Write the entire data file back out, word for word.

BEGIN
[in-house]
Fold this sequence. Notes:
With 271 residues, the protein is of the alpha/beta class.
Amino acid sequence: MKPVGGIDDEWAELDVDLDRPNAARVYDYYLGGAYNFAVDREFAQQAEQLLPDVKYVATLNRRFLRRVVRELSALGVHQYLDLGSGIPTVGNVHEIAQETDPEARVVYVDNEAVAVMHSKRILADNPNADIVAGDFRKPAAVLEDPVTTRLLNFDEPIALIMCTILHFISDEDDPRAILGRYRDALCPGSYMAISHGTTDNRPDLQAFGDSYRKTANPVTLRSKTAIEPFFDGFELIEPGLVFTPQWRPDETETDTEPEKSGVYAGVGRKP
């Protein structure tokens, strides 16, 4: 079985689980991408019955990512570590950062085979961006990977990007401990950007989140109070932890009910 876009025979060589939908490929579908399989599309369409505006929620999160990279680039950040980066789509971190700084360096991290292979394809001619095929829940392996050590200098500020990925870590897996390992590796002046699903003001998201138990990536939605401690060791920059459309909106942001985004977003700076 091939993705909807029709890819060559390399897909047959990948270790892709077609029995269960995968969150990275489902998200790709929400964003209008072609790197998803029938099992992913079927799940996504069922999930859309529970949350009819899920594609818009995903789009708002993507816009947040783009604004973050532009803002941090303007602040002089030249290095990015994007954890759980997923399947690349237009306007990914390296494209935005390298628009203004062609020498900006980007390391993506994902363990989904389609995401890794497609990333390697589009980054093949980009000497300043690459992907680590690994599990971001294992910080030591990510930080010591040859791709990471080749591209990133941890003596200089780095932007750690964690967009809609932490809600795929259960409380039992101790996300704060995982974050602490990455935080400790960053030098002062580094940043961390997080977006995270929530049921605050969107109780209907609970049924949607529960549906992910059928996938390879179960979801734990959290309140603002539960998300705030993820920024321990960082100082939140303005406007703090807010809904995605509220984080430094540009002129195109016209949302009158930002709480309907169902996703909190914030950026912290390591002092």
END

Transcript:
[in-house]
Fold this sequence. Notes:
With 271 residues, the protein is of the alpha/beta class.
Amino acid sequence: MKPVGGIDDEWAELDVDLDRPNAARVYDYYLGGAYNFAVDREFAQQAEQLLPDVKYVATLNRRFLRRVVRELSALGVHQYLDLGSGIPTVGNVHEIAQETDPEARVVYVDNEAVAVMHSKRILADNPNADIVAGDFRKPAAVLEDPVTTRLLNFDEPIALIMCTILHFISDEDDPRAILGRYRDALCPGSYMAISHGTTDNRPDLQAFGDSYRKTANPVTLRSKTAIEPFFDGFELIEPGLVFTPQWRPDETETDTEPEKSGVYAGVGRKP
């Protein structure tokens, strides 16, 4: 079985689980991408019955990512570590950062085979961006990977990007401990950007989140109070932890009910 876009025979060589939908490929579908399989599309369409505006929620999160990279680039950040980066789509971190700084360096991290292979394809001619095929829940392996050590200098500020990925870590897996390992590796002046699903003001998201138990990536939605401690060791920059459309909106942001985004977003700076 091939993705909807029709890819060559390399897909047959990948270790892709077609029995269960995968969150990275489902998200790709929400964003209008072609790197998803029938099992992913079927799940996504069922999930859309529970949350009819899920594609818009995903789009708002993507816009947040783009604004973050532009803002941090303007602040002089030249290095990015994007954890759980997923399947690349237009306007990914390296494209935005390298628009203004062609020498900006980007390391993506994902363990989904389609995401890794497609990333390697589009980054093949980009000497300043690459992907680590690994599990971001294992910080030591990510930080010591040859791709990471080749591209990133941890003596200089780095932007750690964690967009809609932490809600795929259960409380039992101790996300704060995982974050602490990455935080400790960053030098002062580094940043961390997080977006995270929530049921605050969107109780209907609970049924949607529960549906992910059928996938390879179960979801734990959290309140603002539960998300705030993820920024321990960082100082939140303005406007703090807010809904995605509220984080430094540009002129195109016209949302009158930002709480309907169902996703909190914030950026912290390591002092």